The history of civilization is brief. A scientific analysis of artifacts from a cave in South Africa reveals that man were carved bone tools, using pigments, made beads and even used poison 44,000 years ago. And a study of the nearly 2,000 figures of the more than 17,000 year old paintings of the Lascaux Caves in southern France, reveals symbolic dot clusters within figurative images that correlate with the heavenly constellations of Taurus, the Pleiades and the grouping known as the "Summer Triangle". But, if we limit our search to historic times apart from prehistoric times when "records of the past begin to be kept for the benefit of future generations" then we need not look further than 5,000 years ago when city-states arose in the Middle East along the Tigris and Euphrates, in the Indus Valley, and in the river valleys of China.
I say civilization is brief, for, anatomically, modern humans first appeared in the fossil record in Africa about 195,000 years ago.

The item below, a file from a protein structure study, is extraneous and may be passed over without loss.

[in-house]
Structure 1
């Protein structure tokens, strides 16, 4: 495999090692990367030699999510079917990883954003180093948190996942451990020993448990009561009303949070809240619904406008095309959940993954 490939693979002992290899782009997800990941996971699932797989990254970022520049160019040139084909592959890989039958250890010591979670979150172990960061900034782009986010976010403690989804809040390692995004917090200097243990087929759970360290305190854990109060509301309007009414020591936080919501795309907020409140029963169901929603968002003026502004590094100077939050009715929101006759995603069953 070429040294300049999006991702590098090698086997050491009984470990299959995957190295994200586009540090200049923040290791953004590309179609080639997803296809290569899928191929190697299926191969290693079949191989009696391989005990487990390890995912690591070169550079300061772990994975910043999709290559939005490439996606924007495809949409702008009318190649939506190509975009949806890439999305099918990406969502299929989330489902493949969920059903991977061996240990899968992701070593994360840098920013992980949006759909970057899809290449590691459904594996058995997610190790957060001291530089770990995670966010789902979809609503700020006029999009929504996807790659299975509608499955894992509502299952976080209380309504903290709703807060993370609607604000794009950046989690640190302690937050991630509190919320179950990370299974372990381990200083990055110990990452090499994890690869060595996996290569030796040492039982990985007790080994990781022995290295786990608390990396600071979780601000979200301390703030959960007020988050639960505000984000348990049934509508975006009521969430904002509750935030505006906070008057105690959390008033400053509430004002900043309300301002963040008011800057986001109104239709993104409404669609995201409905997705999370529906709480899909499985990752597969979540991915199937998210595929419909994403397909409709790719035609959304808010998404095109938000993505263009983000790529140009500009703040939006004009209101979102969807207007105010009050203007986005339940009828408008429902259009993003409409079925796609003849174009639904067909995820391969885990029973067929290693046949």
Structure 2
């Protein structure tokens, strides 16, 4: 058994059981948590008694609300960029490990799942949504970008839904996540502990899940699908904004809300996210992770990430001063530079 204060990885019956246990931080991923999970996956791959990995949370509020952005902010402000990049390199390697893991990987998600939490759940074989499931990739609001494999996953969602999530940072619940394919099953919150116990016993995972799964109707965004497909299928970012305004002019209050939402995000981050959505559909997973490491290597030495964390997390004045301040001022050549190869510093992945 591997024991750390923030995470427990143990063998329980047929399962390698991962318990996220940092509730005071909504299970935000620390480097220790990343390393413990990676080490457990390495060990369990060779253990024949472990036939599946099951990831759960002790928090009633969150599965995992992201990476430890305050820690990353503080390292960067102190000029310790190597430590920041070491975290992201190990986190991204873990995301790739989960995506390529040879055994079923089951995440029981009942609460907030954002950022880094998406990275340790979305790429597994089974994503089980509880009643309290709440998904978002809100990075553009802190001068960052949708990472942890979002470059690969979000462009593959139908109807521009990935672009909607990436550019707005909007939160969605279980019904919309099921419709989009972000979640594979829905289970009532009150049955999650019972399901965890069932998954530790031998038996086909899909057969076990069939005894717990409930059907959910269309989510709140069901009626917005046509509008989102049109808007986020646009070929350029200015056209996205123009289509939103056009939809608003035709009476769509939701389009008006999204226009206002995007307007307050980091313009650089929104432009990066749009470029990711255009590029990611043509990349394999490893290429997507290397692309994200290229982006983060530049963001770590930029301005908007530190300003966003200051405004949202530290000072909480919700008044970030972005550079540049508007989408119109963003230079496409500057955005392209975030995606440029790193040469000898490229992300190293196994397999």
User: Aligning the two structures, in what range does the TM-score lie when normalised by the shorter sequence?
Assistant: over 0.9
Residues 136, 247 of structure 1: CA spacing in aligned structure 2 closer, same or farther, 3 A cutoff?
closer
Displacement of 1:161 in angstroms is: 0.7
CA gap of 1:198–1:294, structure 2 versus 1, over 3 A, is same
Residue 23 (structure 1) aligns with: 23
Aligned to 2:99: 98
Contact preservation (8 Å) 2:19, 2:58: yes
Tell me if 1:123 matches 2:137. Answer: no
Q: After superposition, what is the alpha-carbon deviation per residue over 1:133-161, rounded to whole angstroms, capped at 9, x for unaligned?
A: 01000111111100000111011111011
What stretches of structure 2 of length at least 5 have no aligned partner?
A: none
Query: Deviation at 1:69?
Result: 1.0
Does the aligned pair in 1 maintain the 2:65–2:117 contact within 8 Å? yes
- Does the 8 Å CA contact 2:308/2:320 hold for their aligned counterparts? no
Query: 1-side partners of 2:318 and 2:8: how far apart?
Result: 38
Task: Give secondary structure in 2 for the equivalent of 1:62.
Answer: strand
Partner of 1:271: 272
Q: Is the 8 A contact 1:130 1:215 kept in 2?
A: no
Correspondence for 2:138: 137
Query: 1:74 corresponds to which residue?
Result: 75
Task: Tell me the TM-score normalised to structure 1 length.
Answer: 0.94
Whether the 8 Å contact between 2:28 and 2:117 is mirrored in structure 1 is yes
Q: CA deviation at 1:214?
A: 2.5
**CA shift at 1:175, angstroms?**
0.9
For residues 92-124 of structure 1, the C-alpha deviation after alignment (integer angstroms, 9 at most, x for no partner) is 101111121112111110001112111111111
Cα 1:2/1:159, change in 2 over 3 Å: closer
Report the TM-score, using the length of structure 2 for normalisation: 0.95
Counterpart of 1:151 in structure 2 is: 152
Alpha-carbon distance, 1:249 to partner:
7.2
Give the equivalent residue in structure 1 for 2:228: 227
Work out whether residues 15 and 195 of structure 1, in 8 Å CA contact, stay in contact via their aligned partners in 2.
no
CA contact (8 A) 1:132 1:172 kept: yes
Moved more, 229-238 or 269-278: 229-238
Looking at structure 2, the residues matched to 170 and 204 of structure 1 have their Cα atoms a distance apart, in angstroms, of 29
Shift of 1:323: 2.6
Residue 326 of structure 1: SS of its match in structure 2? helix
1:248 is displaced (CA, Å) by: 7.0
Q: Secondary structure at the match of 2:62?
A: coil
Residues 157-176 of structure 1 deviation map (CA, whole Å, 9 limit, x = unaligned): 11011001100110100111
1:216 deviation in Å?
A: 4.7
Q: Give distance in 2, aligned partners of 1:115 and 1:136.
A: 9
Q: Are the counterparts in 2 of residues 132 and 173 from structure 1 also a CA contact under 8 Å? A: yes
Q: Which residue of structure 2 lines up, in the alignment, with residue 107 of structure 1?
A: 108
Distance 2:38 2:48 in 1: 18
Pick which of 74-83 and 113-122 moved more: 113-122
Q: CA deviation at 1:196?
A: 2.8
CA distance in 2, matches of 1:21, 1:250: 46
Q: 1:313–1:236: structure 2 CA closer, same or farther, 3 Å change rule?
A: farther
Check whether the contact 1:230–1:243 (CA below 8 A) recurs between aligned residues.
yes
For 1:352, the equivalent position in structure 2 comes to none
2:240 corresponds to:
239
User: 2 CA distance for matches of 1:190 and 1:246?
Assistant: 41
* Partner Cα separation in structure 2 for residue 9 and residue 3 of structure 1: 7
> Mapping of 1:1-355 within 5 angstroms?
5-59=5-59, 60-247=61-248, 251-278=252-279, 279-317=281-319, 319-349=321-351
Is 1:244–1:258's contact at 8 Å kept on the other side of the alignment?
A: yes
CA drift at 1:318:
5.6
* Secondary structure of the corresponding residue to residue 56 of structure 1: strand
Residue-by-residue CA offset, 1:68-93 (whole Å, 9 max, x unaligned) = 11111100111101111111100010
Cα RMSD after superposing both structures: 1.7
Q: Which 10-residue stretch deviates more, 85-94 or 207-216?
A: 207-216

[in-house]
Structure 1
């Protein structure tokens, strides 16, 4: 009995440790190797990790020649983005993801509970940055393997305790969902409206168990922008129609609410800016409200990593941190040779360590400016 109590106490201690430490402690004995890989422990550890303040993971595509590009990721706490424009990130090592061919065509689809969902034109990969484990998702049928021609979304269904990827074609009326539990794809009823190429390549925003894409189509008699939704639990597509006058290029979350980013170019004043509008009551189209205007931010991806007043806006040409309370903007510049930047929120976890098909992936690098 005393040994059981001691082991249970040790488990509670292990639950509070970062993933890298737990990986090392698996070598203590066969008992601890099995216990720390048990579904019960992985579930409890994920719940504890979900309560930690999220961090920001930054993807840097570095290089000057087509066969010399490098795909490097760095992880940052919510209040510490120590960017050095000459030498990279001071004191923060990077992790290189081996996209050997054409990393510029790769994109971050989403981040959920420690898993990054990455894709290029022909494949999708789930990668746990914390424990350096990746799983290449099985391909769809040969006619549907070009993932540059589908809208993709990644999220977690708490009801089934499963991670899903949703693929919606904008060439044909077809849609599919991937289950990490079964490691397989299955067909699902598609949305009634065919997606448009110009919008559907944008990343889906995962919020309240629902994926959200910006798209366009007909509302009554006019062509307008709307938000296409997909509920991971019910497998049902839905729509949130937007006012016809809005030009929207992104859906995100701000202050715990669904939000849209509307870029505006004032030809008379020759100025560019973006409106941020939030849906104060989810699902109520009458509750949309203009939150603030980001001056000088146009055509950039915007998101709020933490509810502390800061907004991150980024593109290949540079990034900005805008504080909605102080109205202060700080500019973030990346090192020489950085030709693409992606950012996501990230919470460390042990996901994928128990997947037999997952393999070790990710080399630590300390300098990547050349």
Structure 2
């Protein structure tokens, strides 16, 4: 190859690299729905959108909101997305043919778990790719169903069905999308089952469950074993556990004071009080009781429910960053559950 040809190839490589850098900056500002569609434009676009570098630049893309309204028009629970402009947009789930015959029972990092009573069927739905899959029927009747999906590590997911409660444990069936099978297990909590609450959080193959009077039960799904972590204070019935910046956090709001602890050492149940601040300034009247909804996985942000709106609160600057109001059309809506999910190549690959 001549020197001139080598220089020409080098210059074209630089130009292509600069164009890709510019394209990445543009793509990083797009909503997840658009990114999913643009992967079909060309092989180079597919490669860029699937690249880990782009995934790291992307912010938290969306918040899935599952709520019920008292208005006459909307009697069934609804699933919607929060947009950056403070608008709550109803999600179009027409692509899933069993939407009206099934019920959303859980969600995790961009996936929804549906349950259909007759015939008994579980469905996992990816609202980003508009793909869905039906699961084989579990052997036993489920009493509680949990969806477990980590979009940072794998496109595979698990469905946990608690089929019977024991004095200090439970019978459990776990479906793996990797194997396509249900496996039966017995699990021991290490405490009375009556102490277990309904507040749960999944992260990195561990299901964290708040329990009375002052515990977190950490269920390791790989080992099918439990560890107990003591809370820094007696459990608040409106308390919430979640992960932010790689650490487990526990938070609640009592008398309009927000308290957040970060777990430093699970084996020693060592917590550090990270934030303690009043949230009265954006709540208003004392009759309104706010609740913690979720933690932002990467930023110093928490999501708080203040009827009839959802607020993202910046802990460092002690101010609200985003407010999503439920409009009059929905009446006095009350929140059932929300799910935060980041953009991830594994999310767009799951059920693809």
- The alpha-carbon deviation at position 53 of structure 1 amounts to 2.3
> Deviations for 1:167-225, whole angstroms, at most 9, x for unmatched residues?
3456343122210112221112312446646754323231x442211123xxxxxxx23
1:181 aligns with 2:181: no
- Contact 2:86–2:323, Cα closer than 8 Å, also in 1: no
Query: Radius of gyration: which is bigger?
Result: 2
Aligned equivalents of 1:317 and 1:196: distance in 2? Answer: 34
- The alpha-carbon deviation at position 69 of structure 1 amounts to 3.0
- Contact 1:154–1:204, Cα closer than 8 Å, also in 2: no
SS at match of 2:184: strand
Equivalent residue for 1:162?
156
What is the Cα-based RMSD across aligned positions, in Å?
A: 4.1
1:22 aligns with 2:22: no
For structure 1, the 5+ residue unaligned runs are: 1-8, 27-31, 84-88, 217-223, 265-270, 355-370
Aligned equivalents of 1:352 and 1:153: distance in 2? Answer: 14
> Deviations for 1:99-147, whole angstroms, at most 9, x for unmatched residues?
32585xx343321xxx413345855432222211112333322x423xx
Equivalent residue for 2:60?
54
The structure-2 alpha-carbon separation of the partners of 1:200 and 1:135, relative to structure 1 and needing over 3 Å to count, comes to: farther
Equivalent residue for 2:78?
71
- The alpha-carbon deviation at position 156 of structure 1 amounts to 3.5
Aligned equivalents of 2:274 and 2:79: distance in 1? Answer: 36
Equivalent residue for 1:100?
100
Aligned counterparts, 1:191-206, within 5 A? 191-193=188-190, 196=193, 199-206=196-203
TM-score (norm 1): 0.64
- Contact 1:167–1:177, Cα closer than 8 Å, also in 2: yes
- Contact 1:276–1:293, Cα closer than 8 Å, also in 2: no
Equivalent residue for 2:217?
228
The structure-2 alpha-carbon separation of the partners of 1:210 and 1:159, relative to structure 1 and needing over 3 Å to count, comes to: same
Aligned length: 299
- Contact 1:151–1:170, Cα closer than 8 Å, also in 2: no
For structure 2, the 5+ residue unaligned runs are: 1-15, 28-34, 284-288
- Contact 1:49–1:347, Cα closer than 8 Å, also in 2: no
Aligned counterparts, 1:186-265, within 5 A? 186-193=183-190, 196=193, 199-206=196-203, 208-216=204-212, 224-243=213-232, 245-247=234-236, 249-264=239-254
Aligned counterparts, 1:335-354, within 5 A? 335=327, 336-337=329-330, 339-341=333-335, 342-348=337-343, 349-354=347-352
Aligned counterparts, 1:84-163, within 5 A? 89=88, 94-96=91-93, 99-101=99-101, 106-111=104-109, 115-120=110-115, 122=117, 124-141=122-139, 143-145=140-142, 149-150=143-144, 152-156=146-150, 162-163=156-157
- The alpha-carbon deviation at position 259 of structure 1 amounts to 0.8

We have come a long way, slowly. And, it is all the more remarkable to know that America has only been around for less than 300 years.
America is unique in the annals of human history, for it stands for the proposition that "All men are created equal". This revolutionary idea certainly sounded good to the Founding Fathers, and to Thomas Jefferson, who included the phrase in the Declaration of American Independence.
American, and the ideal of equality, has been built generation by generation. We are a new breed, rooted in all races of the world, colored in all the colors of all the races, with all their varying creeds and beliefs - a sort of ethnic anarchy. I am reminded of this fact every time I take a taxi, driven by someone with an unfamiliar name, or visit a restaurant that offers up dishes from every continent, or walk down the main street America and see and hear someone who is unlike me. We are different, and from our differences we draw our strength. And yet, somehow in time, these differences become less and less, until we realize that we are more alike than we are different.
This fact, that, though different we are the same, comes to me every time I visit a school and watch the children of the many different races learning what it means to be American. It is the same process that countless American generations have gone thorough. And, so far, it has stood us in good stead.
All men, and women, are created equal. America is still working on this ideal.